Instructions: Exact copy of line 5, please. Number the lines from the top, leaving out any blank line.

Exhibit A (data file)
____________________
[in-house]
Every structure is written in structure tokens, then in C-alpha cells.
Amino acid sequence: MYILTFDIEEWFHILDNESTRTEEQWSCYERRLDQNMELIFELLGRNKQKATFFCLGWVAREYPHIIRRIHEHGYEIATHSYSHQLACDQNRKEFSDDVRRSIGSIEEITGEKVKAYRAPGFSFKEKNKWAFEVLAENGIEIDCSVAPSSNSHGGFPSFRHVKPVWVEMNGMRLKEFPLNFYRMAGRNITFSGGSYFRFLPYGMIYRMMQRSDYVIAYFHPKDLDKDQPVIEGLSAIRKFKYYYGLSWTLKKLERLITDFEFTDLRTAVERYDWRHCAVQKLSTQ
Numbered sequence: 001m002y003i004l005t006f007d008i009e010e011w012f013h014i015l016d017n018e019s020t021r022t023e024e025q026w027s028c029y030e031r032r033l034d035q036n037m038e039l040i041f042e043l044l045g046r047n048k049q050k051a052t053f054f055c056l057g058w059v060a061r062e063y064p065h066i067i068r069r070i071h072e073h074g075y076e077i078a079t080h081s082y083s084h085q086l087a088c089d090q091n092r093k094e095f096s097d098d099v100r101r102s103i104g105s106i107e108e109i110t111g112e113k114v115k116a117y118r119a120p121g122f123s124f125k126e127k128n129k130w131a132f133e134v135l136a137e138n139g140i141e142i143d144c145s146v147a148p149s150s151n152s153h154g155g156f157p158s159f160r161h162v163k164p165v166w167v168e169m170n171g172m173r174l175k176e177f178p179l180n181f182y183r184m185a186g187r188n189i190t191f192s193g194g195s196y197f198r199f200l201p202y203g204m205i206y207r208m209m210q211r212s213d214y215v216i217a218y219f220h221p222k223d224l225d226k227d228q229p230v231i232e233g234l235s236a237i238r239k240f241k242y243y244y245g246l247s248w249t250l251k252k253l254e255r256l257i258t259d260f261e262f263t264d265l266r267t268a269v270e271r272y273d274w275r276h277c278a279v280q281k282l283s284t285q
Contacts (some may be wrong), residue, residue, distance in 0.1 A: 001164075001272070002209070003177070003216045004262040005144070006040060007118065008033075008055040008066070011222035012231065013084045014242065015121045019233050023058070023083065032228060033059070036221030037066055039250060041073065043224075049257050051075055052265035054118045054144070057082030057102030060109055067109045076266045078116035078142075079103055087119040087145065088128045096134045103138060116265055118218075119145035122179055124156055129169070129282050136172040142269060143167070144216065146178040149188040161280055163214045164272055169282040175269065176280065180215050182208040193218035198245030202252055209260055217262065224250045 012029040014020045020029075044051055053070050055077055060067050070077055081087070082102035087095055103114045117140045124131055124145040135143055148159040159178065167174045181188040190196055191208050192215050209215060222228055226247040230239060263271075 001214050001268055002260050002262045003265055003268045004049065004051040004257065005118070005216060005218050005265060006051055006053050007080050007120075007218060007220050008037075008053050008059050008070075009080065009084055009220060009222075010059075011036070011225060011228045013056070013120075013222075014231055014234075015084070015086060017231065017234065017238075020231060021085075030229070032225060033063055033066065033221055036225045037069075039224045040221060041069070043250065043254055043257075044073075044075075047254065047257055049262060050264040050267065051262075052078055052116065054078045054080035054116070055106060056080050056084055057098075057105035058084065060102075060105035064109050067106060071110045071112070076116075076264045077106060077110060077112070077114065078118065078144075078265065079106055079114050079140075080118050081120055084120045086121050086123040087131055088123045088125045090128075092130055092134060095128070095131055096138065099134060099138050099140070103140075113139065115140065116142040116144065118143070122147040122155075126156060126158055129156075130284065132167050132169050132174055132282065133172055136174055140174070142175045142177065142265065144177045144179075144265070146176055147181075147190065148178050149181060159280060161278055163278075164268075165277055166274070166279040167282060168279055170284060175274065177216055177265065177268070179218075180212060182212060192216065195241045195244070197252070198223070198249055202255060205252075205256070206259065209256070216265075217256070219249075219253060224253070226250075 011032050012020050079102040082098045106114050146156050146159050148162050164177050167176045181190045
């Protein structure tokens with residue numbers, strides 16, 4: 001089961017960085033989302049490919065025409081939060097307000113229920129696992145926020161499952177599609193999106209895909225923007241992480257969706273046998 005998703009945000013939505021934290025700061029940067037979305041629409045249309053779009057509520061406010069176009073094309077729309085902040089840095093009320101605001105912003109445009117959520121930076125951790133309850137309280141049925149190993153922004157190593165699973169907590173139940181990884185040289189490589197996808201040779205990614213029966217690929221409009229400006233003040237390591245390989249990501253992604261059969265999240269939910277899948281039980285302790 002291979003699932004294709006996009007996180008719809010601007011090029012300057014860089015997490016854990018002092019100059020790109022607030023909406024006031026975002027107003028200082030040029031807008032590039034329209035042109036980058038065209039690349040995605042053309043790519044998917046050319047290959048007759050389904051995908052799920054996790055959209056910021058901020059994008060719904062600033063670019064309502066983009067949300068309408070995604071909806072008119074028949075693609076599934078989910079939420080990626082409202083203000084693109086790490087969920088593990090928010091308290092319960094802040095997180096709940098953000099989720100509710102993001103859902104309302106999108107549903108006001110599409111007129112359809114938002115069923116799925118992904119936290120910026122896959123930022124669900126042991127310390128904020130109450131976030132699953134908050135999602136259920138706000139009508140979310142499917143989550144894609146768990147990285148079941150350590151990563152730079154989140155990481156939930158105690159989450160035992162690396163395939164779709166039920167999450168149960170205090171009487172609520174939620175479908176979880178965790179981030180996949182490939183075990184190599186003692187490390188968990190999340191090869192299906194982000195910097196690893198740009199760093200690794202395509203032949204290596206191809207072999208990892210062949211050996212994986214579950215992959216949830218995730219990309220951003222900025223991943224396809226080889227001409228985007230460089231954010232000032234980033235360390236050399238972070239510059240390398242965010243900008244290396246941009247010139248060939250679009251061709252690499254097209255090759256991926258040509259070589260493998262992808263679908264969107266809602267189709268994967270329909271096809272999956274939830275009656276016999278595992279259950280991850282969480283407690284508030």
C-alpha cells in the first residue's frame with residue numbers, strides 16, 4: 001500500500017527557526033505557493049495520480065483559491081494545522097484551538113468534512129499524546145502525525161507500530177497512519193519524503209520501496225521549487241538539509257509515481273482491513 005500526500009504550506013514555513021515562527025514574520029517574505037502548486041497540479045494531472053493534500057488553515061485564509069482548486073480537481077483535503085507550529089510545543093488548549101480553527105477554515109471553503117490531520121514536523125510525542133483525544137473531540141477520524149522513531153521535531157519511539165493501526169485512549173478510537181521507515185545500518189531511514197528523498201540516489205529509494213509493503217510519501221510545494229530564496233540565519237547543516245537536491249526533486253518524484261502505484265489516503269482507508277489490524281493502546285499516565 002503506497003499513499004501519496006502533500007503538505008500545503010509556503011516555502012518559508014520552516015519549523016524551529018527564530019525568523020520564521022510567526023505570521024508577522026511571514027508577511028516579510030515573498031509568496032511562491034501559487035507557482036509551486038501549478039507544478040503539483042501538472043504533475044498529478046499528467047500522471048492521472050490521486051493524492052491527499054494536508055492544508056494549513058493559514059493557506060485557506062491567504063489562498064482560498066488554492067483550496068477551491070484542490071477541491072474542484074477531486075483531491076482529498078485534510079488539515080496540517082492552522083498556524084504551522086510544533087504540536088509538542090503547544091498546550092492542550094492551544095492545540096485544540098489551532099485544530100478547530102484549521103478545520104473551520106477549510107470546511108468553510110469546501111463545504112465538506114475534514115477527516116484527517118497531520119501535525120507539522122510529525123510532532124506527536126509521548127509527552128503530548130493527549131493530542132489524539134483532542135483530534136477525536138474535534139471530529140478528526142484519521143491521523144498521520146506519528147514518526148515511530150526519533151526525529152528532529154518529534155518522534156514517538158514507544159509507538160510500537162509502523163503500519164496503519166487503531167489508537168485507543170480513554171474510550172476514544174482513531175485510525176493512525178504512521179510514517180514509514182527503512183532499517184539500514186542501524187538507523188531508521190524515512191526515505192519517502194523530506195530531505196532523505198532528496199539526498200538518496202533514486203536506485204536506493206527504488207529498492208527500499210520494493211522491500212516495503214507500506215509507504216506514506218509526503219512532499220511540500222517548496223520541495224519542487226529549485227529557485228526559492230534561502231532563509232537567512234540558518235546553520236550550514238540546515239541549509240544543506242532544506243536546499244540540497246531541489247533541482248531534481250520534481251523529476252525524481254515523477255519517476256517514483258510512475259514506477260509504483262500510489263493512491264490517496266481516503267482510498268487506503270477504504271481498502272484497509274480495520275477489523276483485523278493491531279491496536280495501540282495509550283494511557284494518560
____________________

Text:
Contacts (some may be wrong), residue, residue, distance in 0.1 A: 001164075001272070002209070003177070003216045004262040005144070006040060007118065008033075008055040008066070011222035012231065013084045014242065015121045019233050023058070023083065032228060033059070036221030037066055039250060041073065043224075049257050051075055052265035054118045054144070057082030057102030060109055067109045076266045078116035078142075079103055087119040087145065088128045096134045103138060116265055118218075119145035122179055124156055129169070129282050136172040142269060143167070144216065146178040149188040161280055163214045164272055169282040175269065176280065180215050182208040193218035198245030202252055209260055217262065224250045 012029040014020045020029075044051055053070050055077055060067050070077055081087070082102035087095055103114045117140045124131055124145040135143055148159040159178065167174045181188040190196055191208050192215050209215060222228055226247040230239060263271075 001214050001268055002260050002262045003265055003268045004049065004051040004257065005118070005216060005218050005265060006051055006053050007080050007120075007218060007220050008037075008053050008059050008070075009080065009084055009220060009222075010059075011036070011225060011228045013056070013120075013222075014231055014234075015084070015086060017231065017234065017238075020231060021085075030229070032225060033063055033066065033221055036225045037069075039224045040221060041069070043250065043254055043257075044073075044075075047254065047257055049262060050264040050267065051262075052078055052116065054078045054080035054116070055106060056080050056084055057098075057105035058084065060102075060105035064109050067106060071110045071112070076116075076264045077106060077110060077112070077114065078118065078144075078265065079106055079114050079140075080118050081120055084120045086121050086123040087131055088123045088125045090128075092130055092134060095128070095131055096138065099134060099138050099140070103140075113139065115140065116142040116144065118143070122147040122155075126156060126158055129156075130284065132167050132169050132174055132282065133172055136174055140174070142175045142177065142265065144177045144179075144265070146176055147181075147190065148178050149181060159280060161278055163278075164268075165277055166274070166279040167282060168279055170284060175274065177216055177265065177268070179218075180212060182212060192216065195241045195244070197252070198223070198249055202255060205252075205256070206259065209256070216265075217256070219249075219253060224253070226250075 011032050012020050079102040082098045106114050146156050146159050148162050164177050167176045181190045